In other words, it doesn’t get much more complicated or serene than a kaiseki meal, but in the right hands, it is a transporting experience — creating an almost blissful connection between chef, raw material and consumer. There is nothing like it in Western dining, although the elaborate tasting menus of Keller, Achatz, Humm and others pay homage to kaiseki, none of them achieve the transcendence of  the Japanese chefs, who have been at it centuries longer. (Americans are too busy doing cartwheels in the kitchen and padding your bill.) Azeuchi trained for 16 years as a kaiseki chef in Japan, even getting the honor of serving the Emperor, so, needless to say, you’re in good hands.

What you will get will always depend upon the season and the chef’s inspiration, but whatever path is chosen by the chef, it will no doubt be the most delicious Japanese food you’ve ever had.

Our dinner started with the appetizer platter above, containing everything from an ethereal poached egg with caviar to grilled barracuda to uni rice topped with red snapper. From there, we proceeded to a sashimi platter of lobster, striped jack and halfbeak that was the equal of anything you’ll find at Kabuto and Yui:


Then came the queen of all mushroom soups: a dobin-mushi matsutake broth containing pike conger, cabbage and shrimp:

It was a soup so startling in its deceptive, smoky simplicity that everyone at our table was shaking their heads in appreciation.

From there we progressed through six more courses, ranging from grilled ribbons of A-5 Miyazaki wagyu (wrapped around more ‘shrooms and wasabi), to a steamed dish (steamed scallop cake draped with a latticework of wheat gluten), to eel tempura, to a “vinegar dish” of seared mackerel that was a bracing combination of tart and smooth:

Each dish was a model of precision, and each left you hungry for more. A big deal is made of the rice dish, for good reason. Rie Koleff (who acted as our personal sake sommelier throughout the meal*) explained that rice always signifies the ending of the meal Japan. This dish was, like much Japanese food, subtle to the point of invisibility:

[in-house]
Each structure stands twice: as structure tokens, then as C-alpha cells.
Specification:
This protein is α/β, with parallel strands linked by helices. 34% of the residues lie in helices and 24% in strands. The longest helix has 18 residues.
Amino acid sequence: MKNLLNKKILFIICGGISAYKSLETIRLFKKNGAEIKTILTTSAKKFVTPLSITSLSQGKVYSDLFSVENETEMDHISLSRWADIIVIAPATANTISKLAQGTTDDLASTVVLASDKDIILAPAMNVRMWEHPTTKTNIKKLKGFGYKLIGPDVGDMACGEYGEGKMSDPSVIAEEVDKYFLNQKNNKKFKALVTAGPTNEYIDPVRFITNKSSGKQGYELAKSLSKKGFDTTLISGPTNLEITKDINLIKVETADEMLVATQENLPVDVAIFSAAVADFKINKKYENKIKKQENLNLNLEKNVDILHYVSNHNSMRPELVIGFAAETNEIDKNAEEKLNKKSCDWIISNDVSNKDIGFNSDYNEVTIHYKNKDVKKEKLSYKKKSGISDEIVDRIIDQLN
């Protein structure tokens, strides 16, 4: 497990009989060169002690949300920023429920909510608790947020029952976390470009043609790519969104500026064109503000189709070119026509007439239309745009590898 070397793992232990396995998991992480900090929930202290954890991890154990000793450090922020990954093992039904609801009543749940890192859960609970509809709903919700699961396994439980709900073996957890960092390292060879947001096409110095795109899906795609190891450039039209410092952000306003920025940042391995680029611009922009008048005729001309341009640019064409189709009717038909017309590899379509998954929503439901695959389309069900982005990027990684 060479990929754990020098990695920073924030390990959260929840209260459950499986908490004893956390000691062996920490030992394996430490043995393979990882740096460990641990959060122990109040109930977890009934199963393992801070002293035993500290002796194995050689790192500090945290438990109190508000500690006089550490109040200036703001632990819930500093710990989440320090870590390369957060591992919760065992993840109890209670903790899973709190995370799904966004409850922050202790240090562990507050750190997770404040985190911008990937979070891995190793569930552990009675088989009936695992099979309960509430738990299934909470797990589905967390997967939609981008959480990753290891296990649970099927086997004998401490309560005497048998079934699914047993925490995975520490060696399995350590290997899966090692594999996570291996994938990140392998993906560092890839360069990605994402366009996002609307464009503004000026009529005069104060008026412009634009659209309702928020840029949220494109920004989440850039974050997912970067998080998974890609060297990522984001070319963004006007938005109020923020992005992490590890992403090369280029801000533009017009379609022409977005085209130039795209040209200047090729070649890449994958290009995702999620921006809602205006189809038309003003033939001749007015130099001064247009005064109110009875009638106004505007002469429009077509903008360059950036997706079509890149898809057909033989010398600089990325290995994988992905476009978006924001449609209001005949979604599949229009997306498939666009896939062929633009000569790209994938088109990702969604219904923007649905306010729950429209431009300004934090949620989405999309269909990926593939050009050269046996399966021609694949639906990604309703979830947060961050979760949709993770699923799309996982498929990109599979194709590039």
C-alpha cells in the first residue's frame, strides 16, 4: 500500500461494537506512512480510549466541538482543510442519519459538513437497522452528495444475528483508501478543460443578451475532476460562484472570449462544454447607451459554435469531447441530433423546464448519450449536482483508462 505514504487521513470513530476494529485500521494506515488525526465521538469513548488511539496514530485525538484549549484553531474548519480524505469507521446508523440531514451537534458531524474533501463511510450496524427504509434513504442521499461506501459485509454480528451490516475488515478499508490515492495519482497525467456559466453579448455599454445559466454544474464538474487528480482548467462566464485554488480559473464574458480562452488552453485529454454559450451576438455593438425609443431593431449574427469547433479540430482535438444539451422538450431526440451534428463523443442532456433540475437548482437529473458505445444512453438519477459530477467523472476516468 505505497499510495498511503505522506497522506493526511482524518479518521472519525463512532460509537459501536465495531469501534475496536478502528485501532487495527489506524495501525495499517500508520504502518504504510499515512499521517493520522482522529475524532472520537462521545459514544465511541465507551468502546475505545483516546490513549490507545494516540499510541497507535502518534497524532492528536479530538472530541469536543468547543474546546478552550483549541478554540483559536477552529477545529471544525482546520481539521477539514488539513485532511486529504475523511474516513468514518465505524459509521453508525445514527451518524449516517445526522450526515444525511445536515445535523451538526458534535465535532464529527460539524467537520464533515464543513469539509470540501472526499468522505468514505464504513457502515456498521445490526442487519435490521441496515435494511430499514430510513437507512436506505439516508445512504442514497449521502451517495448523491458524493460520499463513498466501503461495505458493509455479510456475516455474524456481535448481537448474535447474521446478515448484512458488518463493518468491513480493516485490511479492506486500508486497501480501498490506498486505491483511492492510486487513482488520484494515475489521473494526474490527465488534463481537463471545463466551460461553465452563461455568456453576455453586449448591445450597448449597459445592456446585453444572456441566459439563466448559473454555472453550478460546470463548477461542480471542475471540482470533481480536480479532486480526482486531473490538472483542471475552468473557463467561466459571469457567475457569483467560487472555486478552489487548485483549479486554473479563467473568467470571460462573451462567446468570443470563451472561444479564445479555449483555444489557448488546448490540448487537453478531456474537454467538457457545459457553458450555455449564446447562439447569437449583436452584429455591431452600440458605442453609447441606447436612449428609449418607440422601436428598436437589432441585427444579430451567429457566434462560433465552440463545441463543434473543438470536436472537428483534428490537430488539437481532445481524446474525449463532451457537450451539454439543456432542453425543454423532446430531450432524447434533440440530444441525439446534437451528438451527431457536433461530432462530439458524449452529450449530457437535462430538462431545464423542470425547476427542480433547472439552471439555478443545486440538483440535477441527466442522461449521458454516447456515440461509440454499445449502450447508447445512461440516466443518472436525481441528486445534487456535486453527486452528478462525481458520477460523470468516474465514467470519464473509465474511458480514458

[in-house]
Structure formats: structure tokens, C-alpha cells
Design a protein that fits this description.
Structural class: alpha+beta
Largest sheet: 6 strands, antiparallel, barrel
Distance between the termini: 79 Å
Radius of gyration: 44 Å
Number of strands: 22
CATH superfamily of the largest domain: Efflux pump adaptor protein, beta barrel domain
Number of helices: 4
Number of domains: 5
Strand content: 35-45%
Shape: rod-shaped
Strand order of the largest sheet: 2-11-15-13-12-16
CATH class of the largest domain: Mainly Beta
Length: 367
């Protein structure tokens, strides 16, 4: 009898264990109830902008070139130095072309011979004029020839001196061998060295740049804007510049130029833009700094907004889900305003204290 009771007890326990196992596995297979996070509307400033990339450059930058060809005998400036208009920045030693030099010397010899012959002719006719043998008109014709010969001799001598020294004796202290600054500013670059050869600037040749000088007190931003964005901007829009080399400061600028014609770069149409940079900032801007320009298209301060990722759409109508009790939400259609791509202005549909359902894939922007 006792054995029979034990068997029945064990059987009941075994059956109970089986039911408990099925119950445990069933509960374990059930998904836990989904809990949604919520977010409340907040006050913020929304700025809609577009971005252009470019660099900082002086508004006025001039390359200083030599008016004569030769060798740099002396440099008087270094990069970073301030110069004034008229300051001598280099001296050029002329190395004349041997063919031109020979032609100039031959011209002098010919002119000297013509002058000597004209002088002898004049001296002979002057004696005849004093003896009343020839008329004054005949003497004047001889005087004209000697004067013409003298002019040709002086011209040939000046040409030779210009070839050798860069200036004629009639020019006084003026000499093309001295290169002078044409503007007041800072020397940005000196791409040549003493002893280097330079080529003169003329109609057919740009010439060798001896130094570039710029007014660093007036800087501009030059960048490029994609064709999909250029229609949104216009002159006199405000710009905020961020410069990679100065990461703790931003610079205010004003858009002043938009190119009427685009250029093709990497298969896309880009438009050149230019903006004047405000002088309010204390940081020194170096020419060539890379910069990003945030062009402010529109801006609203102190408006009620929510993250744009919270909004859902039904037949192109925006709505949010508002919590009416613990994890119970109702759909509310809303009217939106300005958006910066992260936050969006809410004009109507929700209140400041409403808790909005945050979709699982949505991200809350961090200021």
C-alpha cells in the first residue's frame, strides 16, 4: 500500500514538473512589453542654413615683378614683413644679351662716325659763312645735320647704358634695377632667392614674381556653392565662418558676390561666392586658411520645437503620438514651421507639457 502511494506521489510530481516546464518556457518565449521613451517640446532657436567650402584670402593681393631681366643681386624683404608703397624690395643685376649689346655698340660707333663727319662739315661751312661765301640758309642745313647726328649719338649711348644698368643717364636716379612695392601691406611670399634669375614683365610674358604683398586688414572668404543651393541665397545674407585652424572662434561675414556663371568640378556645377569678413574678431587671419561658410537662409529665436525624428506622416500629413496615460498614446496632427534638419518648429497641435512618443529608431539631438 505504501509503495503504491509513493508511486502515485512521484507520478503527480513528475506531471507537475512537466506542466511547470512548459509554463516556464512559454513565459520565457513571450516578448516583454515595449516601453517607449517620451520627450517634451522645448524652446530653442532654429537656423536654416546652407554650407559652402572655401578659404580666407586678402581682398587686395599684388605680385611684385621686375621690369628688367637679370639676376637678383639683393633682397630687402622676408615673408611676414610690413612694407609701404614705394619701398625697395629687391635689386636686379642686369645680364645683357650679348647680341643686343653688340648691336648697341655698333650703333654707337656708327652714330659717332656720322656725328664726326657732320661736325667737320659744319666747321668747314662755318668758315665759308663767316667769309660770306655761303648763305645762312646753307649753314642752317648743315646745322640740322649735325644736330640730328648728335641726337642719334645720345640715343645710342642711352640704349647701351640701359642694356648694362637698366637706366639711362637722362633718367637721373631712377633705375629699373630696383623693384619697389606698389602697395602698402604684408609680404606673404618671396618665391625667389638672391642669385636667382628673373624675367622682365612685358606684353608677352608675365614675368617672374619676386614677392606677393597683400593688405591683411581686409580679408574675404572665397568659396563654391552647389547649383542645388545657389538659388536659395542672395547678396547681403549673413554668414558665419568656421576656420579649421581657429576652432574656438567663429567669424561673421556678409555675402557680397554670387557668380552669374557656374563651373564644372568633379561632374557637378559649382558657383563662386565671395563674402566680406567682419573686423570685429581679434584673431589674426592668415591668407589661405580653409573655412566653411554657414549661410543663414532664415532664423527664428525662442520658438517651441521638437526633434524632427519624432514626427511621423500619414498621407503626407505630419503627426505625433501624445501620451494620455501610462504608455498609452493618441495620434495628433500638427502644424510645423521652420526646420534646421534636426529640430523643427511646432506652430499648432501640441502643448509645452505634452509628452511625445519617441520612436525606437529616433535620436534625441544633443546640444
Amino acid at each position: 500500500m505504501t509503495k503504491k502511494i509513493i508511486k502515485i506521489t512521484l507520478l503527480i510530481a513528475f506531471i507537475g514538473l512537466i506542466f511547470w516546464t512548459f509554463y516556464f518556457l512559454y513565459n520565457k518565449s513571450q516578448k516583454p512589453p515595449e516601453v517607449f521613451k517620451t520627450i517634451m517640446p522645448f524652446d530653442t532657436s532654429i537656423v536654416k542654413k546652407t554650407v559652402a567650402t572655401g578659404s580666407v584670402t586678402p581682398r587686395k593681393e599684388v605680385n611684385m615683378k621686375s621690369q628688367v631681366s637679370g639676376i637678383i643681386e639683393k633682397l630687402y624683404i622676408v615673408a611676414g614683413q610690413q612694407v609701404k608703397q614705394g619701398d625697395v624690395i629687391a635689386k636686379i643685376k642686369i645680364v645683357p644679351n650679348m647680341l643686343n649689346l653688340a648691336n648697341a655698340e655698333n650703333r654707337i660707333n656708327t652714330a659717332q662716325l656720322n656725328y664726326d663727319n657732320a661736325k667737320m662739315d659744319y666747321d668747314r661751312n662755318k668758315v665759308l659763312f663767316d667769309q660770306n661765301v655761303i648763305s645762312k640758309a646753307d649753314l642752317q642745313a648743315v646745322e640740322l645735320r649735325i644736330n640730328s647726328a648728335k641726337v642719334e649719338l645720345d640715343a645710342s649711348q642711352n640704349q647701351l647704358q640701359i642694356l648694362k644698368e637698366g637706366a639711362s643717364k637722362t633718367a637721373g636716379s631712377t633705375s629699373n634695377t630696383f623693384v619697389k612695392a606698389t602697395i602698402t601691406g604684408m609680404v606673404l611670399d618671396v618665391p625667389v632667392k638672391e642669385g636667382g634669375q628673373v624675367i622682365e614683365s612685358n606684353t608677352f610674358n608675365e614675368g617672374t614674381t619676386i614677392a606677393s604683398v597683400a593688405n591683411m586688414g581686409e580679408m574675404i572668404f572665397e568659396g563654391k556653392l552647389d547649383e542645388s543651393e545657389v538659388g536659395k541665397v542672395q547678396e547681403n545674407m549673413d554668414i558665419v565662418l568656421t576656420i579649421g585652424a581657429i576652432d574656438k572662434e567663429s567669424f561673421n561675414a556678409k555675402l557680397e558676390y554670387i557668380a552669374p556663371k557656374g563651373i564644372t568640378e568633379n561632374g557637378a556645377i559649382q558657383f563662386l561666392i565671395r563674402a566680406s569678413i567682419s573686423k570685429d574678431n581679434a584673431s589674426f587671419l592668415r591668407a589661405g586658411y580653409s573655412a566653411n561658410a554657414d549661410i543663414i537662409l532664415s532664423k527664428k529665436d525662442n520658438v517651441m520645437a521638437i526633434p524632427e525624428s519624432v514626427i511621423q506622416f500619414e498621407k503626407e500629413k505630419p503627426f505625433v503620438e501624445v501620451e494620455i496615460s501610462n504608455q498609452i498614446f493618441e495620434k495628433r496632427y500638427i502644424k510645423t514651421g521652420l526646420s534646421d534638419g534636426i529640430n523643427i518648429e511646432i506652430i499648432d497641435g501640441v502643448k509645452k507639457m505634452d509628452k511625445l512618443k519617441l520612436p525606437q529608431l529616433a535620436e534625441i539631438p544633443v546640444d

….but like much Japanese food, once you stop looking for in-your-face flavor, and start appreciating the nuances, you quickly find that you can’t stop eating it. I don’t think a simple bowl of rice and fish can taste any finer, or be found anywhere in Las Vegas.

Those nuances are the key to Japanese eating. I call it deceptive simplicity because you are always getting much more than meets the eye. Especially in a kaiseki meal. Here, you are treated to an education in the centuries-old traditions in the Land of the Rising Sun: the reverence for seafood, the harmony of vegetables and the keen awareness of the seasons. In a nutshell, everything that Las Vegas is not. This is eating as a form of secular religion, and if you’re open to the experience, you will be transported in a way that no other Western meal can match.

The kaiseki at Yuzu is not a formal affair. (You are on the outskirts of Hendertucky after all.)  Because Kaoru-san flies in many ingredients from Japan, it is necessary to book at least three days in advance. The price you want to spend determines how elaborate it’s going to get. The ten-course, sixteen dish affair we had runs about $175/pp, but for $50/pp you can get a fine introduction into one of the greatest dinners in all of Las Vegas. ELV’s meal was comped.


1310 East Silverado Ranch Blvd.

Las Vegas, NV 89183



* There is a nice selection of sakes on hand but you will probably not get your own sake sommelier. Sometimes, it’s good to be king. ;-)